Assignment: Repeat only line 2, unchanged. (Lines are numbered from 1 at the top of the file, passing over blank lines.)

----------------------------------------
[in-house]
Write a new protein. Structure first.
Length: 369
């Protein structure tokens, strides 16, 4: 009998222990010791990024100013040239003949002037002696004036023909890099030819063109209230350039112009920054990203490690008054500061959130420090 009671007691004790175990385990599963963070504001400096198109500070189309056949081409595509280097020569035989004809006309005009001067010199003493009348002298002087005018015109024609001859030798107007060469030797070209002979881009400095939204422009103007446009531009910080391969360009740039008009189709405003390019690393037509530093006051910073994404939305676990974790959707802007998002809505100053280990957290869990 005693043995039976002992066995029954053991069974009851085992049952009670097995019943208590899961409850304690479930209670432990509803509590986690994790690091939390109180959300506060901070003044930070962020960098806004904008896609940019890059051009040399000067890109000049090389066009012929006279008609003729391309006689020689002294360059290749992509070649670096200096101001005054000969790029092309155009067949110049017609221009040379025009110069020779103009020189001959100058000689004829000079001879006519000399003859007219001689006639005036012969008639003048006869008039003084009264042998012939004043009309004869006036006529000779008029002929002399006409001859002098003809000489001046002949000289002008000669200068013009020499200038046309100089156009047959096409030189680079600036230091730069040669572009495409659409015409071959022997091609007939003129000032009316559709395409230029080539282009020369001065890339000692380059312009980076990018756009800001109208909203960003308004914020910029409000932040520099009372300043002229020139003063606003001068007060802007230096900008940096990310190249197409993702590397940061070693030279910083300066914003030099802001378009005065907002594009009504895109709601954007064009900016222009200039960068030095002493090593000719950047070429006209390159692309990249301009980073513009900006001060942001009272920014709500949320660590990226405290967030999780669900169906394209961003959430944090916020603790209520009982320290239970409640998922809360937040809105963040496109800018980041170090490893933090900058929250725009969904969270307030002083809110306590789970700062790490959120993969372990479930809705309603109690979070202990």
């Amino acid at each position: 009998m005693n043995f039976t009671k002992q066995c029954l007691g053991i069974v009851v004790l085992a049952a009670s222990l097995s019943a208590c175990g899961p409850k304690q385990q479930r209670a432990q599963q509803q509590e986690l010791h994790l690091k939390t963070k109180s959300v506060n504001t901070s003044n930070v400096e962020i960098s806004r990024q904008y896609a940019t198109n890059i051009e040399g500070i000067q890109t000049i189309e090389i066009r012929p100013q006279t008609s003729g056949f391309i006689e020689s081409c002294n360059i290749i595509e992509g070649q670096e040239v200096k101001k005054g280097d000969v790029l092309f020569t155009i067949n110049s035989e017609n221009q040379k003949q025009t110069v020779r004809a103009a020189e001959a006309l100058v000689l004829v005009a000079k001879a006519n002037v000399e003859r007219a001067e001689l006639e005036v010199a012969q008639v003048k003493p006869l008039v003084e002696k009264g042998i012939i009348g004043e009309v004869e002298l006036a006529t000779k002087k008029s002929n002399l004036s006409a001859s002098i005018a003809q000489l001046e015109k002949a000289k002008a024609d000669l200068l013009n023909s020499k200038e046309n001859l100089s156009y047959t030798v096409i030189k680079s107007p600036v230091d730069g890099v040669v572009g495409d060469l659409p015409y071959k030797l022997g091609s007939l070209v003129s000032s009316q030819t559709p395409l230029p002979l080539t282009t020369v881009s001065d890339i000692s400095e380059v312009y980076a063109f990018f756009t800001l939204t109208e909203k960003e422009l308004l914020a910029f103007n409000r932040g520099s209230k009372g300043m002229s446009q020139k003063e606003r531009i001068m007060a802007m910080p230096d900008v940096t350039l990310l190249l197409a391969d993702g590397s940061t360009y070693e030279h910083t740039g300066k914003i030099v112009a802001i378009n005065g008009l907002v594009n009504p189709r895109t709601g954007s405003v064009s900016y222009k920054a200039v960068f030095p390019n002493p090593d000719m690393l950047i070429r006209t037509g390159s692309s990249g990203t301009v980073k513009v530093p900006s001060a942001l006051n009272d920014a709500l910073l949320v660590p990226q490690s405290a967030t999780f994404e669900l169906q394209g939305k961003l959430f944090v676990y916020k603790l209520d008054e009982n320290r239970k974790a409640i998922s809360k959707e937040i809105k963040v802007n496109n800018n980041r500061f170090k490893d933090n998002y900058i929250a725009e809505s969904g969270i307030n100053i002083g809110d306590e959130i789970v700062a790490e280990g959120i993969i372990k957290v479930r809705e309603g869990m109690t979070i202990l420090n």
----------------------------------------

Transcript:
Write a new protein. Structure first.